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United States v. Hatfield


July 19, 2010


The opinion of the court was delivered by: Seybert, District Judge


Pending before the Court is its decision whether to strike the insider trading charges against Defendant David Brooks predicated on Mr. Brooks' knowledge of overvalued inventory at DHB Industries, Inc. For the foregoing reasons, the charges are STRUCK.


On July 8, 2010, the Court granted in part and denied in part Defendant David Brooks' FED. R. CRIM. P. 29(a) motion. See 2010 U.S. Dist. LEXIS 68234. This opinion reserved judgment regarding whether the Government had sufficiently proved the Superseding Indictment's allegation that Mr. Brooks engaged in illegal insider trading when he sold DHB stock in 2004 while allegedly knowing that DHB's public filings had misrepresented the value of its inventory. The Court did so because it found, based on the evidence the Government cited in its opposition brief, that the Government had not proved that Mr. Brooks knew about the overvalued inventory. The Court ordered the Government to show cause why this allegation should not be struck as to Mr. Brooks.

The Government has responded to the Court's order to show cause, and Mr. Brooks has also filed papers.


The Government argues that its proof sufficiently shows Mr. Brooks' knowledge of the allegedly overvalued inventory. Specifically, the Government argues that the jury can reasonably infer that Mr. Brooks knew, when he traded in 2004, about the fraudulently overvalued inventory because: (1) Mr. Brooks got mad when a subordinate employee told him about the overvalued inventory several months later; (2) Mr. Brooks subsequently took actions designed to cover up the overvalued inventory problem; and (3) Mr. Brooks was a hands-on manager who exercised a "near obsessive level of control and oversight over the Company." The Court disagrees. Although it is true that a defendant's fraudulent intent to violate insider trading laws "inferred from the facts and circumstances surrounding the defendant's actions,"*fn1 the jury's inferences "must be 'reasonably based on evidence presented at trial,' not on speculation." See U.S. v. Torres, 604 F.3d 58, 67 (2d Cir. 2010). Here, the Government has not provided one shred of evidence connecting Mr. Brooks to the allegedly overvalued inventory until months after Mr. Brooks completed his stock sales. Nor did the Government introduce any evidence suggesting that Mr. Brooks took an active role in the inventory valuation process, even in a supervisory capacity. Without this kind of evidence, there is simply nothing that would permit the jury to conclude, beyond a reasonable doubt, that Mr. Brooks knew about the overvalued inventory when he traded. There are too many other possibilities that explain Mr. Brooks' conduct. Perhaps, for instance, Mr. Brooks got angry and tried to engineer a cover up because he feared negative publicity. Maybe he feared that the fraud's revelation would put DHB's lucrative government contracts at risk. Maybe he even feared potential SEC and criminal investigations that stood a good chance of uncovering other frauds that he actually participated in. So, although Mr. Brooks' anger and cover up might, debatably, suffice to infer fraudulent intent at the pleading stage in a civil case,*fn2 it does not permit an insider trading conviction. And Mr. Brooks' active management style likewise does not permit any legitimate jury inferences.*fn3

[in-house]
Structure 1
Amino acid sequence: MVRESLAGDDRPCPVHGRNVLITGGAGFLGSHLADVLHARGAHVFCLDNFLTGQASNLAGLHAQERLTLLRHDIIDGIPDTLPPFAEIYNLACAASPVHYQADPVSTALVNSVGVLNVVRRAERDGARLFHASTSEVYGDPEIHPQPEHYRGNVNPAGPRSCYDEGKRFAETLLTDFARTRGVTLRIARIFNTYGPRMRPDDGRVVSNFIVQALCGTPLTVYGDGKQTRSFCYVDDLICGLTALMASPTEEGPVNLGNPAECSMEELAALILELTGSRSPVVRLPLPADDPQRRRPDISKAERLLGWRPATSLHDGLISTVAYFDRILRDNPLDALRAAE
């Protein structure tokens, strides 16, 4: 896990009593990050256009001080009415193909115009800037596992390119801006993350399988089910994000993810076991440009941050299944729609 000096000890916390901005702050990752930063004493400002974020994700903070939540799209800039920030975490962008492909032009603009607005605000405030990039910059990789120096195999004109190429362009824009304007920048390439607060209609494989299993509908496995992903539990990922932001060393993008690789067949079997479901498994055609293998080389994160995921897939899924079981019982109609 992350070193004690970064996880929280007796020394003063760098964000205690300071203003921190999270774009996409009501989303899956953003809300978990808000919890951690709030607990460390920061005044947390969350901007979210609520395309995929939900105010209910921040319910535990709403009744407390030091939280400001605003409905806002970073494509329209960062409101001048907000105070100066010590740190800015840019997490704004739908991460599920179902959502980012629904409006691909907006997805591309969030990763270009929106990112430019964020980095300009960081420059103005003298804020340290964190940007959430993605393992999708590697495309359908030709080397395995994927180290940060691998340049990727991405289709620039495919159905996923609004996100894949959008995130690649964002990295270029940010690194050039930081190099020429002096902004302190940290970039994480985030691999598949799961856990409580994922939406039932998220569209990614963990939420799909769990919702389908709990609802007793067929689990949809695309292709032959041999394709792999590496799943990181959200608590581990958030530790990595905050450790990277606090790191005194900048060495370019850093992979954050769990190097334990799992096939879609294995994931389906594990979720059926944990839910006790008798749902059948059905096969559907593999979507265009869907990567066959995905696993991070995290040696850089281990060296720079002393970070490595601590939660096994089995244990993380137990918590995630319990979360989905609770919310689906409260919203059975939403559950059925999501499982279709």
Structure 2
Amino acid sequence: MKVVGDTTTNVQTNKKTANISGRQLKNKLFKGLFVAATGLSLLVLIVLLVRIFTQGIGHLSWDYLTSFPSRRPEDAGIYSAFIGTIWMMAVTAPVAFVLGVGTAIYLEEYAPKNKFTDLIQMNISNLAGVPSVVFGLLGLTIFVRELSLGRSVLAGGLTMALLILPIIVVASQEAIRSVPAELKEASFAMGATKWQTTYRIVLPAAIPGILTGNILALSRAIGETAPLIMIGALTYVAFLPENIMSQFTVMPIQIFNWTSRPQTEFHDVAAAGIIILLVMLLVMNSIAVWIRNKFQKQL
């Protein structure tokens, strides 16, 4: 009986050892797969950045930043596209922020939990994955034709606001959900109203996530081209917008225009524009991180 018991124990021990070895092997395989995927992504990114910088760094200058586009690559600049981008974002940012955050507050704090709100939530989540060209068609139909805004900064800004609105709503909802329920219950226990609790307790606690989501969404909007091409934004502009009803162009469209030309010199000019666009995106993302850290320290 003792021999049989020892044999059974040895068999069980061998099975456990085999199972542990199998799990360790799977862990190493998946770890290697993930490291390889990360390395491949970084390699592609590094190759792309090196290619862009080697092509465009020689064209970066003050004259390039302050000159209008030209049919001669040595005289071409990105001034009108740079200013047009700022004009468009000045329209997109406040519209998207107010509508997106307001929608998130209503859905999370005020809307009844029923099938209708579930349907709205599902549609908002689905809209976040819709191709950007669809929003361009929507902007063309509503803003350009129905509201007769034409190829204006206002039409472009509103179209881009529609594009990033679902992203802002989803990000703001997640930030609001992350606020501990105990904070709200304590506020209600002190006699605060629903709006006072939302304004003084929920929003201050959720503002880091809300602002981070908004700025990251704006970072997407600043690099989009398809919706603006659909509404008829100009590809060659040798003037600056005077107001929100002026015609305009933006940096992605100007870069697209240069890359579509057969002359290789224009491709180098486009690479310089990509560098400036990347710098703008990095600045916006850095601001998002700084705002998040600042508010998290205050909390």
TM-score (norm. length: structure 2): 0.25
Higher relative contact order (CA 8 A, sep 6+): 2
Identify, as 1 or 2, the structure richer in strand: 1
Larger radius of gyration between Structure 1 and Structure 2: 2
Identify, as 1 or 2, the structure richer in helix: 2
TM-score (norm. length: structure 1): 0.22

The Court ordered the Government to show cause. It failed to do so. Consequently, Mr. Brooks is acquitted of the insider trading charges to the extent that those charges are predicated on DHB's allegedly overvalued inventory. The insider trading charges otherwise remain intact.


Joanna Seybert, U.S.D.J.

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